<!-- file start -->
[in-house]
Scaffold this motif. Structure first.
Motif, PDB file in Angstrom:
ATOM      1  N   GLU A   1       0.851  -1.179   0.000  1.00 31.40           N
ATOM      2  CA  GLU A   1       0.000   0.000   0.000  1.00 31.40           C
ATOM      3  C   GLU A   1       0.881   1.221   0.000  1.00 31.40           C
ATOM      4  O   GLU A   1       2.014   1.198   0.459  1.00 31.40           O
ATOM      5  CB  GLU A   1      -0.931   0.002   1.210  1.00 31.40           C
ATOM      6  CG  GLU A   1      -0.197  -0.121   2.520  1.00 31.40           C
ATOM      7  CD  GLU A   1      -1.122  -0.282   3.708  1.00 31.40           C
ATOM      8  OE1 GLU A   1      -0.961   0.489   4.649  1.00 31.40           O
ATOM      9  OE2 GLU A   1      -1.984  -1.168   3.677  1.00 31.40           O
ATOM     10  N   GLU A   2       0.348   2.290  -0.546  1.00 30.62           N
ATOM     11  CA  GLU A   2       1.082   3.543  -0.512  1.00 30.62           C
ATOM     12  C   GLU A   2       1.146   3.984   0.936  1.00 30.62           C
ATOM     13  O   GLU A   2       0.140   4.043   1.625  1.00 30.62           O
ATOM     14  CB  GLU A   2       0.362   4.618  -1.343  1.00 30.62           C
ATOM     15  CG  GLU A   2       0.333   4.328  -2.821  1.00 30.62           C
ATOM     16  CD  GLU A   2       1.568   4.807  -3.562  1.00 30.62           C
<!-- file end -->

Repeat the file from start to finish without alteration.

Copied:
[in-house]
Scaffold this motif. Structure first.
Motif, PDB file in Angstrom:
ATOM      1  N   GLU A   1       0.851  -1.179   0.000  1.00 31.40           N
ATOM      2  CA  GLU A   1       0.000   0.000   0.000  1.00 31.40           C
ATOM      3  C   GLU A   1       0.881   1.221   0.000  1.00 31.40           C
ATOM      4  O   GLU A   1       2.014   1.198   0.459  1.00 31.40           O
ATOM      5  CB  GLU A   1      -0.931   0.002   1.210  1.00 31.40           C
ATOM      6  CG  GLU A   1      -0.197  -0.121   2.520  1.00 31.40           C
ATOM      7  CD  GLU A   1      -1.122  -0.282   3.708  1.00 31.40           C
ATOM      8  OE1 GLU A   1      -0.961   0.489   4.649  1.00 31.40           O
ATOM      9  OE2 GLU A   1      -1.984  -1.168   3.677  1.00 31.40           O
ATOM     10  N   GLU A   2       0.348   2.290  -0.546  1.00 30.62           N
ATOM     11  CA  GLU A   2       1.082   3.543  -0.512  1.00 30.62           C
ATOM     12  C   GLU A   2       1.146   3.984   0.936  1.00 30.62           C
ATOM     13  O   GLU A   2       0.140   4.043   1.625  1.00 30.62           O
ATOM     14  CB  GLU A   2       0.362   4.618  -1.343  1.00 30.62           C
ATOM     15  CG  GLU A   2       0.333   4.328  -2.821  1.00 30.62           C
ATOM     16  CD  GLU A   2       1.568   4.807  -3.562  1.00 30.62           C